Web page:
Men aren’t just women’s worst enemy. We’re our own too.

Toxic masculinity is creating an environment that is entirely unhelpful for the modern man. We’re officially our own worst enemy.

Increasingly, men hide behind a common facade — and society is all the worse for it

International Men’s Day is normally met with very little fanfare. It appears that, for the most part, celebrating this day, or highlighting issues using it, would be criminal in today’s mob justice world. And it is the celebrities and politicians who would be crucified for highlighting it that need to do just that the most.

The problems that exist for men are not greater than they are for women. And, for the most part, the oppression of women is by men directly, and thus the balance of power is still very much so in favour of men. But, despite this, the problems experienced by men are perhaps the most difficult to solve, because they go right into the heart of male culture and masculinity.

Many people will be aware of the principal issue: mental health. Some say that people already know about it, and thus that there is no need to promote awareness. The problem with this is that, although there is knowledge of the issue, it isn’t particularly detailed. Men don’t know when they are experiencing a mental health problem, so they’ll continue to bottle it up.

Severe mental health issues, though, which could lead to suicide, are perhaps the smallest part of the issue. The far bigger problem is that toxic masculinity stops perhaps the majority of men from ever properly expressing themselves, or being able to do as they feel.

Men are, more than ever before, feeling forced to conform to what is expected of them. The reason why I feel relatively certain when I write “the majority” is because people, including men, are all very different, and hence the fact that there is now a “default man” which the majority seem to personify appears very suspicious.

This isn’t particularly a new issue either. It seems normal to most people that there are social norms which are broadly agreed to for reasons we don’t quite understand, and this has existed for generations. But there is a new element, and it is that communities are now coordinated by social media, and social norms don’t just apply to one place, but rather whole countries and continents.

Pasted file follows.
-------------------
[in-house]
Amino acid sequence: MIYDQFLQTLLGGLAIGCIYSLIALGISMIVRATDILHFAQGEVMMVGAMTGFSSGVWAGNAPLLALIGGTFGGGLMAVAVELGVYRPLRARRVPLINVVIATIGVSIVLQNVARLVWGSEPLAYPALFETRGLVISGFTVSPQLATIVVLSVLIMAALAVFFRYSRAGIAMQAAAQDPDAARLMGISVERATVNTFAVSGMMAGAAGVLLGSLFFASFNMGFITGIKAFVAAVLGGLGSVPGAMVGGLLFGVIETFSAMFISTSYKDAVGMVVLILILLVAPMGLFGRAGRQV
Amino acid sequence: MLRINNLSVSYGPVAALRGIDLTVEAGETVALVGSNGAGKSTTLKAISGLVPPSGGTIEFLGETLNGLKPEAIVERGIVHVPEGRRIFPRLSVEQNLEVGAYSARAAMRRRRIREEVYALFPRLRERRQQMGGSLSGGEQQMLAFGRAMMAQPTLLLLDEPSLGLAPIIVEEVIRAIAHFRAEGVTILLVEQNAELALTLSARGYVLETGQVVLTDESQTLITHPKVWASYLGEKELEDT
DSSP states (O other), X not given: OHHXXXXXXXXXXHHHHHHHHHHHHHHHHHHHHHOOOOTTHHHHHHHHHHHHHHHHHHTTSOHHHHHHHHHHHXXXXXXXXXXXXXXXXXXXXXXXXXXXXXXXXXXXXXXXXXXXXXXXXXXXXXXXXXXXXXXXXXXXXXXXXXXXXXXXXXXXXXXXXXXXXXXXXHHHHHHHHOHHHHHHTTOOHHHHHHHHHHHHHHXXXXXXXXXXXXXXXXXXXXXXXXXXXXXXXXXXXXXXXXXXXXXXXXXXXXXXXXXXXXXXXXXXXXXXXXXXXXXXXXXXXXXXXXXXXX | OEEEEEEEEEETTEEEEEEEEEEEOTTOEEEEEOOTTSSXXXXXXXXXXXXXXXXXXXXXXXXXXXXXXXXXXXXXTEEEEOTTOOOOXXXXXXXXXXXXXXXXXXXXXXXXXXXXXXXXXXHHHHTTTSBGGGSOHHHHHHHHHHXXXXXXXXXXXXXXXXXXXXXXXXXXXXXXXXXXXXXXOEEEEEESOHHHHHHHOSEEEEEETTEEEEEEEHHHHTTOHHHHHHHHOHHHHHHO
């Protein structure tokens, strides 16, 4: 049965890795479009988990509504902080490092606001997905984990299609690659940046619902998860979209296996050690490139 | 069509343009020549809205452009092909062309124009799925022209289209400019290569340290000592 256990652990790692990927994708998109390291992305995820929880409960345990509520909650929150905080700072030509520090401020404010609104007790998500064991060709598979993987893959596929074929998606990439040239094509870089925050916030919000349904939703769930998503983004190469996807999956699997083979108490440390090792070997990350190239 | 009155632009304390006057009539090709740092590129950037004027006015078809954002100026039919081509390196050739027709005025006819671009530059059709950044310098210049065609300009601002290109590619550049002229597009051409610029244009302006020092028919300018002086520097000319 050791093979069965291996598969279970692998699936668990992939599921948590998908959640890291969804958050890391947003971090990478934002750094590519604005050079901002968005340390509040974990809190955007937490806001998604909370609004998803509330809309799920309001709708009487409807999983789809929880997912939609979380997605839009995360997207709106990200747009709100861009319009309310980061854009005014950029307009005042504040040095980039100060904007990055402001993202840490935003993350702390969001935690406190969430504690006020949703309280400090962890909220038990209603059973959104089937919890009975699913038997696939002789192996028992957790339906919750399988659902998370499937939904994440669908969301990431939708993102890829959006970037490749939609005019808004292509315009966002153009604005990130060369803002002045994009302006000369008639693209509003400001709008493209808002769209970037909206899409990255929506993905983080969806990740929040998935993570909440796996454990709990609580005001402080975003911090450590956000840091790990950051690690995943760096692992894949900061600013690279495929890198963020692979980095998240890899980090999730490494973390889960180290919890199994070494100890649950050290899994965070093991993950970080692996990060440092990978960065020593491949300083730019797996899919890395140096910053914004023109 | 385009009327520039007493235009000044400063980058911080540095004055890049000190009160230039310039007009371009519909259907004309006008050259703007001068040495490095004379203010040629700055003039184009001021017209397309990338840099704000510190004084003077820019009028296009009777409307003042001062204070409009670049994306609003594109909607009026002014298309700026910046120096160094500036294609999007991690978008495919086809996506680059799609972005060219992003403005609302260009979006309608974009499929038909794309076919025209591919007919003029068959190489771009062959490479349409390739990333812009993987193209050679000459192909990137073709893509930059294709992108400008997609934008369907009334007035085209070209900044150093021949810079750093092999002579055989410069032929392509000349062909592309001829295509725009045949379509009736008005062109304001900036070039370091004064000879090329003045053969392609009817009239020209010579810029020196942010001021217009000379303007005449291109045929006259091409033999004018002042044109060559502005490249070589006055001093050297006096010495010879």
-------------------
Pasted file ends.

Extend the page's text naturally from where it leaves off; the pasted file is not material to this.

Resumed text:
Some of these trends are good, to an extent. Posts about fitness and health, common with men, drive others to live more healthily and avoid health conditions. Increasingly so, social media is acting as a platform for men to open up about mental health too, but not nearly enough.

Even implicit in the fitness and health craze which has taken over much of the online world in recent years is the turbo-charged masculine competition which has inhibited men for too long. Of course, some competition is healthy, but when it gets to the point where some are leaving partners or using injections to make themselves look bigger, it’s gone too far.

I feel confident that, as more and more men become aware of this problem, we can move forward and use social media and modern technology to benefit us rather than drive people to their deaths. But, while International Men’s Day continues to be ignored, this can’t happen. While (some) women dismiss male concerns because of their own, this can’t happen.

Most crucially, while (some) men continue to dismiss all allusions to the negative aspects of masculinity, this can’t happen. We must be more introspective on our identity and our masculinity, and more self-critical.

Politics nerd, policy wonk | Founder, medium.com/politics-fast-and-slow | Editor, politika.org.uk | twitter.com/dave_olsen16 | Policy Paper: https://rb.gy/7coyj

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